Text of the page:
The rock band known as the Foo Fighters got their name from a phrase used by which group?
And the answer: World War II pilots.
The term "foo fighter" was used by aircraft pilots in World War II to describe various unidentified flying objects or UFOs. It was first used in 1944, when pilots flying at night over Germany reported seeing fast-moving glowing objects. Eventually both Allied and Axis pilots around the world reported similar mysterious sightings in the air.
Rising from the ashes of Nirvana, the alternative rock band Foo Fighters formed in Seattle, Washington in 1994. The group began as a one-man project for Dave Grohl following the dissolution of his former band, Nirvana. With the exception of a single guitar part on "X-Static" played by Greg Dulli of the Afghan Whigs, Grohl performed all of the instruments himself on his new record demos. Eventually, Grohl started to gain interest from several record labels, and these recordings were released as the Foo Fighters' self-titled debut in 1995. The alt-rock record reached the top 25 on the Billboard 200 chart, while spawning the singles "I'll Stick Around" and "Big Me."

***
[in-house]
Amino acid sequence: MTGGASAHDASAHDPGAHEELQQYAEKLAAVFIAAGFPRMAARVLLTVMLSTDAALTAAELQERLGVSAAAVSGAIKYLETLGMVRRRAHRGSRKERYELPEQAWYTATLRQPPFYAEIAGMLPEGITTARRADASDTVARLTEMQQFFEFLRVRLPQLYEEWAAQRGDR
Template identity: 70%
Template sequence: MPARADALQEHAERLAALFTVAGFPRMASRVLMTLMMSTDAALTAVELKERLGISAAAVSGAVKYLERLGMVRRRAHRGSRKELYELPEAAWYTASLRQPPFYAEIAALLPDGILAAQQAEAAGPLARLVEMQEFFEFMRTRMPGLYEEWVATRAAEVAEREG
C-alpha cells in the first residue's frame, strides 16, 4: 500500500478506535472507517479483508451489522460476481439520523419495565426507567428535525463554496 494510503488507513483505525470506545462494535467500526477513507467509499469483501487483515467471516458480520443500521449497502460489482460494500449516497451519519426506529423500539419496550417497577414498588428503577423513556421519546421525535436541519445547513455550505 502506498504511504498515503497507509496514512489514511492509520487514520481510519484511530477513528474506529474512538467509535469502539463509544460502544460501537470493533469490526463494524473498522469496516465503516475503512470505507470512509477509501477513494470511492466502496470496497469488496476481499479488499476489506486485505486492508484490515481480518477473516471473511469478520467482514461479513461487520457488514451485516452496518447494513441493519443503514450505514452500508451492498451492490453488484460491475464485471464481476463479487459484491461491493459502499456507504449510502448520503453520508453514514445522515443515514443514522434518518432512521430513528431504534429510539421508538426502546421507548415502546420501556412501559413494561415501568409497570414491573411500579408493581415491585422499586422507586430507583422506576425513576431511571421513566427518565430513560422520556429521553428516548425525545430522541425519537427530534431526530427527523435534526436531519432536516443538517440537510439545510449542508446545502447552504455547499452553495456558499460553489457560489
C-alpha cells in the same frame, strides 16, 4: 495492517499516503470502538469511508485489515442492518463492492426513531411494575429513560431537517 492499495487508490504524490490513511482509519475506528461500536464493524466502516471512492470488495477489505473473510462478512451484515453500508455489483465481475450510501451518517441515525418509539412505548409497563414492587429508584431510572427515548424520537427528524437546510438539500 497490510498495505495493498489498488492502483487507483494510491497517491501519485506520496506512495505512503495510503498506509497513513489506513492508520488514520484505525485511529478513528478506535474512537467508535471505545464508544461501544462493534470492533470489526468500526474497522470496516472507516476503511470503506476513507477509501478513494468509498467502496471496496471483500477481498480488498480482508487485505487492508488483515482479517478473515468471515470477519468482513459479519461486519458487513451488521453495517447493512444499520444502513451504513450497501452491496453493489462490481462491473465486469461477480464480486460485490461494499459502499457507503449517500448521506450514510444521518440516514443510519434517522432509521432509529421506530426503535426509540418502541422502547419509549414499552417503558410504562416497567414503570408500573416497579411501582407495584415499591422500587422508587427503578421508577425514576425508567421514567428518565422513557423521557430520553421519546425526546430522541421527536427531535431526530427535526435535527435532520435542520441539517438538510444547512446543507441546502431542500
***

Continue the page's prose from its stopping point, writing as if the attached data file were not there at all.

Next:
Grohl hired a full band to support him on the tour for his debut album. On rhythm guitar and lead vocals, Grohl and the newly formed Foo Fighters went on to release their sophomore album, The Color and the Shape, in 1997. With a similar alternative rock sound to their first album, The Color and the Shape won a place in the Billboard Top 10 and a Grammy nomination. This time around, the other band members contributed to the musical sound of the album while Grohl continued to write. With the release of their third album came the group's first Grammy wins, including one for best music video for "Learn to Fly."
Did you know?
The Foo Fighters became friends and collaborators with the remaining members of Queen in the '90s. The two groups performed together several times, and even recorded some tracks!